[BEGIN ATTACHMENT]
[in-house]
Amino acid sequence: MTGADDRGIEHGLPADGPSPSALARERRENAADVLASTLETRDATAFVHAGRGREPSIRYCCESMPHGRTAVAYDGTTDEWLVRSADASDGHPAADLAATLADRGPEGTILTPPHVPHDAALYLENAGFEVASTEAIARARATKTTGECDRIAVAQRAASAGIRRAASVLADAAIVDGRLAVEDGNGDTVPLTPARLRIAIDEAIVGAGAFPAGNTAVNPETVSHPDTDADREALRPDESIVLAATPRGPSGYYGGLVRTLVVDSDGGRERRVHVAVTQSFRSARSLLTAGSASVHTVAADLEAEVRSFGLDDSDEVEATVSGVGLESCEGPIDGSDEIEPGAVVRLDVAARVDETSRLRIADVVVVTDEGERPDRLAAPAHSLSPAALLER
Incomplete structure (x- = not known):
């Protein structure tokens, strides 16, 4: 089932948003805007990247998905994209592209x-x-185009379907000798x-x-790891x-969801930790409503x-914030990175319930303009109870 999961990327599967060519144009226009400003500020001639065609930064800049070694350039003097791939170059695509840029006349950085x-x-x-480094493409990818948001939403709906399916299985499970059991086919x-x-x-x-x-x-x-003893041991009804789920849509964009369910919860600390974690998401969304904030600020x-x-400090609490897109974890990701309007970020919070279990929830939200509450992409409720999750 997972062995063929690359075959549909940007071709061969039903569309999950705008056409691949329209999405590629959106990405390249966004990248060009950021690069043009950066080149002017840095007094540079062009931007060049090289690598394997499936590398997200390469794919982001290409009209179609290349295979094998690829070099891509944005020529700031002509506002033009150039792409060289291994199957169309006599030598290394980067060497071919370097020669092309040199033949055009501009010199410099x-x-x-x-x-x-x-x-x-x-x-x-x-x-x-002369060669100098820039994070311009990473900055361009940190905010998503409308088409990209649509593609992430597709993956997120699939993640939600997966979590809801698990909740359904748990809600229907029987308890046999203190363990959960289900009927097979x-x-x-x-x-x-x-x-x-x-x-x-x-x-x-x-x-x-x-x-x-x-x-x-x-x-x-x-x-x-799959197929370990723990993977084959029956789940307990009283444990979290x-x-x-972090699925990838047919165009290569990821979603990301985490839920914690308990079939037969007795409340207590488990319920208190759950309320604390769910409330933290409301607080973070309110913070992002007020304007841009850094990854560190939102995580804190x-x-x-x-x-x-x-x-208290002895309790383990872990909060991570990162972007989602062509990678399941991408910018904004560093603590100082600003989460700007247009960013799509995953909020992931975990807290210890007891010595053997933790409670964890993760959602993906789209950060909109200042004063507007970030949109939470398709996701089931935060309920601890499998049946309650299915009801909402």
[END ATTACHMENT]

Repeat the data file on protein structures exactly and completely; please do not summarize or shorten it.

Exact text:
[in-house]
Amino acid sequence: MTGADDRGIEHGLPADGPSPSALARERRENAADVLASTLETRDATAFVHAGRGREPSIRYCCESMPHGRTAVAYDGTTDEWLVRSADASDGHPAADLAATLADRGPEGTILTPPHVPHDAALYLENAGFEVASTEAIARARATKTTGECDRIAVAQRAASAGIRRAASVLADAAIVDGRLAVEDGNGDTVPLTPARLRIAIDEAIVGAGAFPAGNTAVNPETVSHPDTDADREALRPDESIVLAATPRGPSGYYGGLVRTLVVDSDGGRERRVHVAVTQSFRSARSLLTAGSASVHTVAADLEAEVRSFGLDDSDEVEATVSGVGLESCEGPIDGSDEIEPGAVVRLDVAARVDETSRLRIADVVVVTDEGERPDRLAAPAHSLSPAALLER
Incomplete structure (x- = not known):
């Protein structure tokens, strides 16, 4: 089932948003805007990247998905994209592209x-x-185009379907000798x-x-790891x-969801930790409503x-914030990175319930303009109870 999961990327599967060519144009226009400003500020001639065609930064800049070694350039003097791939170059695509840029006349950085x-x-x-480094493409990818948001939403709906399916299985499970059991086919x-x-x-x-x-x-x-003893041991009804789920849509964009369910919860600390974690998401969304904030600020x-x-400090609490897109974890990701309007970020919070279990929830939200509450992409409720999750 997972062995063929690359075959549909940007071709061969039903569309999950705008056409691949329209999405590629959106990405390249966004990248060009950021690069043009950066080149002017840095007094540079062009931007060049090289690598394997499936590398997200390469794919982001290409009209179609290349295979094998690829070099891509944005020529700031002509506002033009150039792409060289291994199957169309006599030598290394980067060497071919370097020669092309040199033949055009501009010199410099x-x-x-x-x-x-x-x-x-x-x-x-x-x-x-002369060669100098820039994070311009990473900055361009940190905010998503409308088409990209649509593609992430597709993956997120699939993640939600997966979590809801698990909740359904748990809600229907029987308890046999203190363990959960289900009927097979x-x-x-x-x-x-x-x-x-x-x-x-x-x-x-x-x-x-x-x-x-x-x-x-x-x-x-x-x-x-799959197929370990723990993977084959029956789940307990009283444990979290x-x-x-972090699925990838047919165009290569990821979603990301985490839920914690308990079939037969007795409340207590488990319920208190759950309320604390769910409330933290409301607080973070309110913070992002007020304007841009850094990854560190939102995580804190x-x-x-x-x-x-x-x-208290002895309790383990872990909060991570990162972007989602062509990678399941991408910018904004560093603590100082600003989460700007247009960013799509995953909020992931975990807290210890007891010595053997933790409670964890993760959602993906789209950060909109200042004063507007970030949109939470398709996701089931935060309920601890499998049946309650299915009801909402």